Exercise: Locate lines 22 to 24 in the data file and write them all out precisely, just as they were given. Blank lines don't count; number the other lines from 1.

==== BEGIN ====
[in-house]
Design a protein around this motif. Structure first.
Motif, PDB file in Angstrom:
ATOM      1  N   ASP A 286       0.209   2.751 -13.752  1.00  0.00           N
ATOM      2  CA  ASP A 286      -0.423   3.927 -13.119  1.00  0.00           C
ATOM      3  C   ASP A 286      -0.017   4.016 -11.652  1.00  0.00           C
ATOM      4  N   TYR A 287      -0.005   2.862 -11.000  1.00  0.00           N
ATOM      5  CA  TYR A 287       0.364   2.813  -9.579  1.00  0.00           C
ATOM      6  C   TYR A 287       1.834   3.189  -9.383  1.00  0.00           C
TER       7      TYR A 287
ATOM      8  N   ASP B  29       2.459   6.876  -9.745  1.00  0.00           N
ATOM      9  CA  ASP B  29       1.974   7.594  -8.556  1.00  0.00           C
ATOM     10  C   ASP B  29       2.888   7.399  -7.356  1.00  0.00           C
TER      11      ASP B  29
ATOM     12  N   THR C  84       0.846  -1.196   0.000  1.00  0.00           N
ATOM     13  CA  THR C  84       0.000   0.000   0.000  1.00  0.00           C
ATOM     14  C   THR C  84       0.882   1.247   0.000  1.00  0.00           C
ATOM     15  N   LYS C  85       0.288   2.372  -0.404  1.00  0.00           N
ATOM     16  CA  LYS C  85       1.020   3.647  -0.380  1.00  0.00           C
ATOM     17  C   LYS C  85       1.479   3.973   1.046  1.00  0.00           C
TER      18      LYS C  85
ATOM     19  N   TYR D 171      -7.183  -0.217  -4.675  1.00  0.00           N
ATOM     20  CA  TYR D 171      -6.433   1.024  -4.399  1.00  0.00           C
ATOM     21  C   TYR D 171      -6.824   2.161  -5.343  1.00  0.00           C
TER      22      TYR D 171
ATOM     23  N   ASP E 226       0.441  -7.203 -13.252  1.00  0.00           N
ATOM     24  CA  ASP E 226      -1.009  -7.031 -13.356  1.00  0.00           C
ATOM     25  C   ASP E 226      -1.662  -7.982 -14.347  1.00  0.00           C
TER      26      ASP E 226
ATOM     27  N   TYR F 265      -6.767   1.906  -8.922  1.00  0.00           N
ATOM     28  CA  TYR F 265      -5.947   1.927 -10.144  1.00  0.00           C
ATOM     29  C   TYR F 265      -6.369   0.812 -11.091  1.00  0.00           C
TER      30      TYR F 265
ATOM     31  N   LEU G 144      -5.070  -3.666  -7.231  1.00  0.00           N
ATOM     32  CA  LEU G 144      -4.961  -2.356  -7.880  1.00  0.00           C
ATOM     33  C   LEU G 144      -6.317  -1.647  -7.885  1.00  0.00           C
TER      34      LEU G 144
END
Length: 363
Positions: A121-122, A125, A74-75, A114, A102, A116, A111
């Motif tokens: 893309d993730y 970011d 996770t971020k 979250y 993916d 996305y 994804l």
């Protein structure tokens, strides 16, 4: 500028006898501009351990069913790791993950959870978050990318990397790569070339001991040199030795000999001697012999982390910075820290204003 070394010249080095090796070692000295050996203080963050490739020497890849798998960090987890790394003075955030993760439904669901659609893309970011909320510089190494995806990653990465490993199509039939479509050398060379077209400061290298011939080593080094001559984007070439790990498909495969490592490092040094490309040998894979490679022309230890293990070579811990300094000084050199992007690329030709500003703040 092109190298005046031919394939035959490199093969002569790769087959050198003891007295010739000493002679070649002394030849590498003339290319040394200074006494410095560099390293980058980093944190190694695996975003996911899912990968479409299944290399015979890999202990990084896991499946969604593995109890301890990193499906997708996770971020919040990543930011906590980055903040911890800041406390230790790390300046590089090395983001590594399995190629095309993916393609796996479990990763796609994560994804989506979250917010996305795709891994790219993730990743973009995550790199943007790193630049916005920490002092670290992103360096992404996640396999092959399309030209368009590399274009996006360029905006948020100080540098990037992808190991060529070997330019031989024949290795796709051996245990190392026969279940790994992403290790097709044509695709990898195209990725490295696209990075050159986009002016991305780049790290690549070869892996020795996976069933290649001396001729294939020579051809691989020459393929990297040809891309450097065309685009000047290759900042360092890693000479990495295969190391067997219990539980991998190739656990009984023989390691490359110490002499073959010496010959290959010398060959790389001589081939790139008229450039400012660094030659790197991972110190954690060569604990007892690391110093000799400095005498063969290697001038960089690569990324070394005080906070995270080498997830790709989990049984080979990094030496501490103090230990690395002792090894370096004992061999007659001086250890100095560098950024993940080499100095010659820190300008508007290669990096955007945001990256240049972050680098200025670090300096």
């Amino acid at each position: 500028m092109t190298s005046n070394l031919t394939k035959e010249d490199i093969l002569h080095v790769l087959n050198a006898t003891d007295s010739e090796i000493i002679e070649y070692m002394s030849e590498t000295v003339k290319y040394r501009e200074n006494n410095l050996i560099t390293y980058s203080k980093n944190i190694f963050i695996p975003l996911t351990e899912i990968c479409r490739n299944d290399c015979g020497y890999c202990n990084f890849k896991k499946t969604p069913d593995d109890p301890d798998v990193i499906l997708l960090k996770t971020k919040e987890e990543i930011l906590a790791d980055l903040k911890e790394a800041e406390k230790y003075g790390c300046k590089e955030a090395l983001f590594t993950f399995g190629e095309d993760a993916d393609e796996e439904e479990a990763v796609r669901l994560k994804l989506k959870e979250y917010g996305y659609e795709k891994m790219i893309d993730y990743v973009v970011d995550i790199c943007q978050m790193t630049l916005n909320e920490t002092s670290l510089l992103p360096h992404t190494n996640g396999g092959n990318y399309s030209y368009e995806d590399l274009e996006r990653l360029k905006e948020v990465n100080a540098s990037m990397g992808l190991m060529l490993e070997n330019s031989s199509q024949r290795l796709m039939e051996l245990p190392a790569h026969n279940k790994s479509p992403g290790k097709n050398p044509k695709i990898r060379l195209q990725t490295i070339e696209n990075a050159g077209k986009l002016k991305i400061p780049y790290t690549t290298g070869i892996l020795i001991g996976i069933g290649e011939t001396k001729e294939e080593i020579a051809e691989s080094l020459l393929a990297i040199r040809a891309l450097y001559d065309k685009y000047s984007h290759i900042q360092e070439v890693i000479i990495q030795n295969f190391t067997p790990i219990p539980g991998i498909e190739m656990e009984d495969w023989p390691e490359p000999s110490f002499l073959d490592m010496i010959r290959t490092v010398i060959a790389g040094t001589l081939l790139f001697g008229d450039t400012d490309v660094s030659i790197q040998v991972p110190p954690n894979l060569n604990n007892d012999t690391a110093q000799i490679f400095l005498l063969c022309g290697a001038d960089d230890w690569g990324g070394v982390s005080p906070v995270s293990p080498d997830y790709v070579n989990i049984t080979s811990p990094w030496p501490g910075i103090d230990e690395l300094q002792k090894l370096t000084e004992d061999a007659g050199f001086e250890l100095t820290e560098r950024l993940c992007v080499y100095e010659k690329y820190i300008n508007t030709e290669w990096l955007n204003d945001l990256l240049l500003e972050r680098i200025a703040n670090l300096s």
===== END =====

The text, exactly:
ATOM     19  N   TYR D 171      -7.183  -0.217  -4.675  1.00  0.00           N
ATOM     20  CA  TYR D 171      -6.433   1.024  -4.399  1.00  0.00           C
ATOM     21  C   TYR D 171      -6.824   2.161  -5.343  1.00  0.00           C